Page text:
Tuesday, August 9

See positive aspect of Indonesia halting palm oil exports, minister tells M’sian operators

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Zuraidah says despite the low production due to shortage of foreign workers during the height of the Covid-19 pandemic in 2020, things are gradually returning to normal now as far as the palm oil sector is concerned. — Photo by Chimon Upon

KUCHING (May 11): Both upstream oil palm growers and downstream oil producers in Malaysia should join hands in reaping the benefits deriving from the void following Indonesia’s decision to halt its palm oil exports.

Minister for Plantation Industries and Commodities Datuk Zuraida Kamaruddin said Indonesia, being the world’s largest producer of palm oil, had imposed this ban to lower commodity prices and also to further address the shortage in its domestic supply.

“Daunting as it is to meet rising global demands amidst the labour shortage, the ministry remains optimistic that Malaysia has what it takes to fill the gap in the global palm oil supply based on its market trend analytics and projection.

“As palm oil prices will stay elevated supported by low inventory levels at both origins and destinations amidst heightened price volatility, it is our hope that both the Malaysian upstream and downstream players could seize the opportunity from Indonesia’s absence to maximise their revenue streams; hence earnings.

“After all, such opportunity only presents itself for a short-term (period) given that Indonesia will certainly relook into its ban policy once its domestic supply and pricing structure have stabilised,” said Zuraida in a statement.

She added that even as common sense would dictate that Malaysia would be an instant beneficiary by virtue of being the second-largest global exporter of palm oil, scepticism would persist on whether or not Malaysia was able to cope with various production challenges and constraints.

“After all, it goes without saying that Indonesia relies on export taxes to fund its biodiesel programme.

“As market analysts expect the export ban to be lifted by end of the second quarter of 2022 (around July), there’s a likelihood that Indonesia would flood the global market with its inventory accumulated throughout the period of the ban.

“Given that the industry enters into its seasonal peak output period during this time of the year – coupled with the prospect of South Korea, which is one of the fastest-growing palm oil markets releasing its stockpile – this could trigger a sharp price correction,” she said.

Moreover, Zuraida said the prospect of both Russia and Ukraine releasing their rapeseed / sunflower oil stockpiles, if any, once their conflict had subsided or settled, must also be looked into.

“Based on these possible risks, it is only logical that both Malaysian palm oil planters and downstream industry players go all out in taking advantage of the current situation, rather than to let such opportunity slip away.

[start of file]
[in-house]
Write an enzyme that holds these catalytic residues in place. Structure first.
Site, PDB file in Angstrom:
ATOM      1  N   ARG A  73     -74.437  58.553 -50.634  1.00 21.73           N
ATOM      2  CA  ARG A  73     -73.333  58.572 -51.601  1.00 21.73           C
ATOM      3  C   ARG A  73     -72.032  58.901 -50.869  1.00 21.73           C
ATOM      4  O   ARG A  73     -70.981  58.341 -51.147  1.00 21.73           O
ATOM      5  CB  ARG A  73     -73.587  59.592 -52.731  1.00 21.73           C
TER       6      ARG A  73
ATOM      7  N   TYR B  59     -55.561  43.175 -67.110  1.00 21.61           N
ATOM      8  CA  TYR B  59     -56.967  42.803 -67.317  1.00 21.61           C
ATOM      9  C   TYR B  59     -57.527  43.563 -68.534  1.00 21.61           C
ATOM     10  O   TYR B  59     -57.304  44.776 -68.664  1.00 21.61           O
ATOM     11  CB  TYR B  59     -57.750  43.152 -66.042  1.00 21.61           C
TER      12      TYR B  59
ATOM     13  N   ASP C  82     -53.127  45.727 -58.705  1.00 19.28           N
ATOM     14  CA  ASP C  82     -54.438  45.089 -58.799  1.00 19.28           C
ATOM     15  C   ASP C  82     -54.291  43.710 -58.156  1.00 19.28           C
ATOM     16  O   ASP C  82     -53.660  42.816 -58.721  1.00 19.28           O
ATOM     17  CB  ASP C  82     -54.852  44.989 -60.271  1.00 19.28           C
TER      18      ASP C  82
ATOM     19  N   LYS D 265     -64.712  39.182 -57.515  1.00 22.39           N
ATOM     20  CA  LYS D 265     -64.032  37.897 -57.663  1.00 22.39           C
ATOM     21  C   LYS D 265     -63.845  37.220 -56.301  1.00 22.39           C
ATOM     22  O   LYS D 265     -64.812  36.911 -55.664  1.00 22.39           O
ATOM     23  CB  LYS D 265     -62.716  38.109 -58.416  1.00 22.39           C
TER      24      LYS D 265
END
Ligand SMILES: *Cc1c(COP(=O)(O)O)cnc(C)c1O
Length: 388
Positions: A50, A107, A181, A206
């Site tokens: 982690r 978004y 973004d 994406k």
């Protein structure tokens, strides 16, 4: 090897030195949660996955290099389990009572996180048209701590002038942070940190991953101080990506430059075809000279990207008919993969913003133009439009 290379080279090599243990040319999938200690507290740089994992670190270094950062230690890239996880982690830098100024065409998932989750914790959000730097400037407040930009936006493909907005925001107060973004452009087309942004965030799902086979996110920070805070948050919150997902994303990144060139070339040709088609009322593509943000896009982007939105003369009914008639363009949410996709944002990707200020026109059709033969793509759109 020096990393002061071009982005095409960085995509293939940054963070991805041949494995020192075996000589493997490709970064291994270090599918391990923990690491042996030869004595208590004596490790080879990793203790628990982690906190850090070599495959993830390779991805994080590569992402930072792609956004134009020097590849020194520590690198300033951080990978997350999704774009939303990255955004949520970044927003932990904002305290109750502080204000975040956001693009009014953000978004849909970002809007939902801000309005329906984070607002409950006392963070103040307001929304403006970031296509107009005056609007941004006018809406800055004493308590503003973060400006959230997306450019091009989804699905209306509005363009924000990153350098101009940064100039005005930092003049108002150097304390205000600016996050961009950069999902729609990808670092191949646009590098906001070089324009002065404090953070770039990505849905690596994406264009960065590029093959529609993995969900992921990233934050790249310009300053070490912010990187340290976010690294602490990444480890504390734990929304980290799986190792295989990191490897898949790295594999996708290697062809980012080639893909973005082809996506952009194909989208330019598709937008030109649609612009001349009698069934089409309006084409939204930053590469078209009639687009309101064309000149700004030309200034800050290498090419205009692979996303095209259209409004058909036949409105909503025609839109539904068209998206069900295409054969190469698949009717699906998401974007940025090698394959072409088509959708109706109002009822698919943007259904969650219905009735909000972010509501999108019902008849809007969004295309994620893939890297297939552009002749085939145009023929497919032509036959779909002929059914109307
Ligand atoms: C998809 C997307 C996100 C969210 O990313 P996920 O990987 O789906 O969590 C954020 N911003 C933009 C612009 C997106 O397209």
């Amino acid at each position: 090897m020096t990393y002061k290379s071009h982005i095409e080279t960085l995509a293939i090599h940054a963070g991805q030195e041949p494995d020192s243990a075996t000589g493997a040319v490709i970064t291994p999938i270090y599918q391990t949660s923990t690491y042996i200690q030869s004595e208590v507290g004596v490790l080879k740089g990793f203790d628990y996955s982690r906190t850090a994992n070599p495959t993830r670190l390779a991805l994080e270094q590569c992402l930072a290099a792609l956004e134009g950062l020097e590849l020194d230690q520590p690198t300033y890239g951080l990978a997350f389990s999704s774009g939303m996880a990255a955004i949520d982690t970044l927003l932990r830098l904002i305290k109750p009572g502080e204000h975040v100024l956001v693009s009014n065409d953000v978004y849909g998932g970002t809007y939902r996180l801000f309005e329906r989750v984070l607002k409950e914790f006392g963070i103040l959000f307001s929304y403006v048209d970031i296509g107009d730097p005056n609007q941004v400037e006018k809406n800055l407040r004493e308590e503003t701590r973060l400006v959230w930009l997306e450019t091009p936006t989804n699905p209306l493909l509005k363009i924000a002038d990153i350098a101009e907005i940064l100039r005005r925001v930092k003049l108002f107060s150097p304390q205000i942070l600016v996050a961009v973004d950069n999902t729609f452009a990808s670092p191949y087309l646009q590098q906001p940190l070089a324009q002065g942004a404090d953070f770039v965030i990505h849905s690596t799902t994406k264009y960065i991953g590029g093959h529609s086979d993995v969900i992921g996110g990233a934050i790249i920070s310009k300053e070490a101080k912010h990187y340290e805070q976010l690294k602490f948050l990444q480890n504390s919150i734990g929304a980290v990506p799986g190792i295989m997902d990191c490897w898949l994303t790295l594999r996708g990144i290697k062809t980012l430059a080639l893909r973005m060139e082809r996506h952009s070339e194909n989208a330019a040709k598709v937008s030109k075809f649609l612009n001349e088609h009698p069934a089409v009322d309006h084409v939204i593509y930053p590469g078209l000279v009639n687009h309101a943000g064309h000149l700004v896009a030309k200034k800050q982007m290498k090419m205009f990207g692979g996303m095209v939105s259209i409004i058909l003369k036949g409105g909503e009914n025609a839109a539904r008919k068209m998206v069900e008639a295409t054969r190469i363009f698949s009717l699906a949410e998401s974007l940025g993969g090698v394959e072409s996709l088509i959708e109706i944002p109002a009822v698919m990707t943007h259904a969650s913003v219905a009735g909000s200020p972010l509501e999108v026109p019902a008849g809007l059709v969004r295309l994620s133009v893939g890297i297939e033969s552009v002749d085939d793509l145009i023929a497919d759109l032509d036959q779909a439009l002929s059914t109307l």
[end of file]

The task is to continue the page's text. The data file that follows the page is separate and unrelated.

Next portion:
“In so doing, the ministry wants to assure industry players that it is doing its utmost best to meet the demand for migrant workforce, especially from the upstream players,” she said.

She said in September last year, the authorities approved the recruitment of 32,000 migrant workers for palm oil plantations, which culminated in the entry of the foreign workforce to the plantation sector in mid-February this year.

“Malaysia is now anticipating a new batch of foreign workers to arrive in May and June; hence, overcoming further manpower crunch to harvest palm fruits which otherwise, could cap production.

“Rest assured that the process of hiring foreign workers has already begun under a special quota,” she added.

Zuraidah also said for the longer term, her ministry projected the level of palm oil production and exports to rise by 30 per cent by this year-end, against a backdrop of Malaysia having reopened its international borders and transitioning into the endemic phase effective April 1.

“No doubt that although production was low due to shortage of foreign workers during the height of the Covid-19 pandemic in 2020, things are gradually returning to normal now.

“With the workers coming back, production levels should rise and Malaysia would be on track to meet global demands.

“While Malaysia sympathises with Indonesian palm oil players who would be impacted by significant shift in the demand-supply mechanics in the country, this is the best time for the Malaysian palm oil players to enhance their innovation capability while exploring the best possible strategies to meet the anticipated spike in demand by palm oil importing countries,” she said.

According to Zuraida, India is currently the top largest consumer of Indonesian palm oil – importing around 13 million to 13.5 million metric tonnes of edible oils, of which palm oil makes up around eight million to 8.5 million metric tonnes (63 per cent of total).

“Almost 45 per cent of the quantity is expected to come from Indonesia, while the remainder is sourced from Malaysia.

“This has led to further tightening of the market already on the edge due to Russia’s invasion of Ukraine and also global warming.

“The prices of palm oil, soybean oil, European rapeseed oil and even its Canadian GMO counterpart, canola oil, have since reached historic highs following Indonesia’s action,” she elaborated.